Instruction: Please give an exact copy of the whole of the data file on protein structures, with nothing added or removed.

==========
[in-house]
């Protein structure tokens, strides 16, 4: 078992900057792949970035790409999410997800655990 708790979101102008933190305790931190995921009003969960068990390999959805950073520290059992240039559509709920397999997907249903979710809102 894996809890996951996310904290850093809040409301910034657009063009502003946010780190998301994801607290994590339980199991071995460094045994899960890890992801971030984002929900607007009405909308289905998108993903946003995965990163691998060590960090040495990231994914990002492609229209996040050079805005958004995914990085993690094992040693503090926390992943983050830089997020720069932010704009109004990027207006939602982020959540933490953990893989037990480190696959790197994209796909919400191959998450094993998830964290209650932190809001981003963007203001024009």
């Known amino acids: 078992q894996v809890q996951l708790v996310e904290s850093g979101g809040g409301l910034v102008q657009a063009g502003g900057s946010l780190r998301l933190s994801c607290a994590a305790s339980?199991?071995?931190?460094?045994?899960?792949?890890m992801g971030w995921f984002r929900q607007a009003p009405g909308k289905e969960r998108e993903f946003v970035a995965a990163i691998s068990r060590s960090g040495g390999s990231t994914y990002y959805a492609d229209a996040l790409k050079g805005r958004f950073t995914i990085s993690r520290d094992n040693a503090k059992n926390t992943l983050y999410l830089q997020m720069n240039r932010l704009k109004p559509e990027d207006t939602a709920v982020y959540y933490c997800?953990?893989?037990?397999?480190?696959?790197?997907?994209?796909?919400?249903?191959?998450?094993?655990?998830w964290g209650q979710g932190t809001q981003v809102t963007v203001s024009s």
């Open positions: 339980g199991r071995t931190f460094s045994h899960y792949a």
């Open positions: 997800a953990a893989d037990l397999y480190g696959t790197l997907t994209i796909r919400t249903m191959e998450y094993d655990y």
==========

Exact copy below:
[in-house]
């Protein structure tokens, strides 16, 4: 078992900057792949970035790409999410997800655990 708790979101102008933190305790931190995921009003969960068990390999959805950073520290059992240039559509709920397999997907249903979710809102 894996809890996951996310904290850093809040409301910034657009063009502003946010780190998301994801607290994590339980199991071995460094045994899960890890992801971030984002929900607007009405909308289905998108993903946003995965990163691998060590960090040495990231994914990002492609229209996040050079805005958004995914990085993690094992040693503090926390992943983050830089997020720069932010704009109004990027207006939602982020959540933490953990893989037990480190696959790197994209796909919400191959998450094993998830964290209650932190809001981003963007203001024009």
């Known amino acids: 078992q894996v809890q996951l708790v996310e904290s850093g979101g809040g409301l910034v102008q657009a063009g502003g900057s946010l780190r998301l933190s994801c607290a994590a305790s339980?199991?071995?931190?460094?045994?899960?792949?890890m992801g971030w995921f984002r929900q607007a009003p009405g909308k289905e969960r998108e993903f946003v970035a995965a990163i691998s068990r060590s960090g040495g390999s990231t994914y990002y959805a492609d229209a996040l790409k050079g805005r958004f950073t995914i990085s993690r520290d094992n040693a503090k059992n926390t992943l983050y999410l830089q997020m720069n240039r932010l704009k109004p559509e990027d207006t939602a709920v982020y959540y933490c997800?953990?893989?037990?397999?480190?696959?790197?997907?994209?796909?919400?249903?191959?998450?094993?655990?998830w964290g209650q979710g932190t809001q981003v809102t963007v203001s024009s």
């Open positions: 339980g199991r071995t931190f460094s045994h899960y792949a």
């Open positions: 997800a953990a893989d037990l397999y480190g696959t790197l997907t994209i796909r919400t249903m191959e998450y094993d655990y």